Today Wolf & Cub release new single and accompanying video ‘Close to the Edge’, the second taste of the bands’ forthcoming LP, NIL which is set for release on Friday 20 November via Part Time Records / Remote Control.
Like previous single ‘Blue State’, ‘Close to the Edge’ is a searing piece of music which shows the band continue to lean toward a revelatory heaviness over previous psych-rock offerings. The screaming intro attacks the listener from the get-go, pounding drums and a guttural grunt setting the tone for the opening line – “I think we both want the same thing / but it’s so hard to be sure / with all this noise that just gets in the way / to take us further away from the point.”
“’Close to the Edge’ is a commentary on a communication breakdown” states Joel Byrne, “it’s essentially the soundtrack to a really bad argument, in particular the kind that tend to be carried out over social media. The main riff (and overall track) is intentionally a bit nasty and vulgar because it represents the uglier side of people’s personalities that tend to come out in the heat of the moment, particularly when their opinion or ego is challenged.”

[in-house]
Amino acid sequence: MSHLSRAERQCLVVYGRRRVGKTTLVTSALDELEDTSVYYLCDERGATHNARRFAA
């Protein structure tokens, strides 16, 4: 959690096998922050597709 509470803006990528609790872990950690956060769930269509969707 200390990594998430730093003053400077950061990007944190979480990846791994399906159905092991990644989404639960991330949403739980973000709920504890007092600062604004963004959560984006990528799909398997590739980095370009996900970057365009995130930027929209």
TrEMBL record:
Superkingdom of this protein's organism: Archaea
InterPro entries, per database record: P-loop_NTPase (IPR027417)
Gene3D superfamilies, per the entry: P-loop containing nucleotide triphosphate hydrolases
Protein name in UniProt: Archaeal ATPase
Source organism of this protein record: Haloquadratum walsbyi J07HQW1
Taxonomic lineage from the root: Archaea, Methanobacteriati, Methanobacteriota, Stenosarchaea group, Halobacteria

The accompanying video was directed by David Robinson-Smith who the band have previously worked with on the gripping video for previous single, ‘Blue State’. Shot in the NSW coastal town of Budgewoi, ‘Close To The Edge’ is a perfect visual cinematic compliment to the chaotically visceral track. Judiciously choregraphed, the music video expertly captures the physical representation of two people arguing with their egos/bodies.
‘Close to the Edge’ is the second taste from Wolf & Cub’s upcoming fourth album NIL, and their first long-form release since 2013’s Heavy Weight. Produced by the band and released on Byrne’s own label Part Time Records, NIL was recorded in Sydney at a variety of locations across a protracted timeframe. The album is crushing in its intensity as Wolf & Cub embrace the freedom that comes with starting again and the confidence that comes from experience. “My measurement for Wolf & Cub’s success in my late-thirties is significantly different from what it was at the beginning of our career,” says Byrne. “There’s no burden of expectation here.”
Byrne makes it clear that Wolf & Cub in 2020 is entirely comfortable with their place in the musical landscape: “I think we all saw Heavy Weight as something that had more commercial potential than anything we’d done. When it didn’t live up to those expectations it kind of derailed us. NIL is the result of us going against every instinct that was behind Heavy Weight. It’s liberating: this time it feels like we’re only answering to each other.”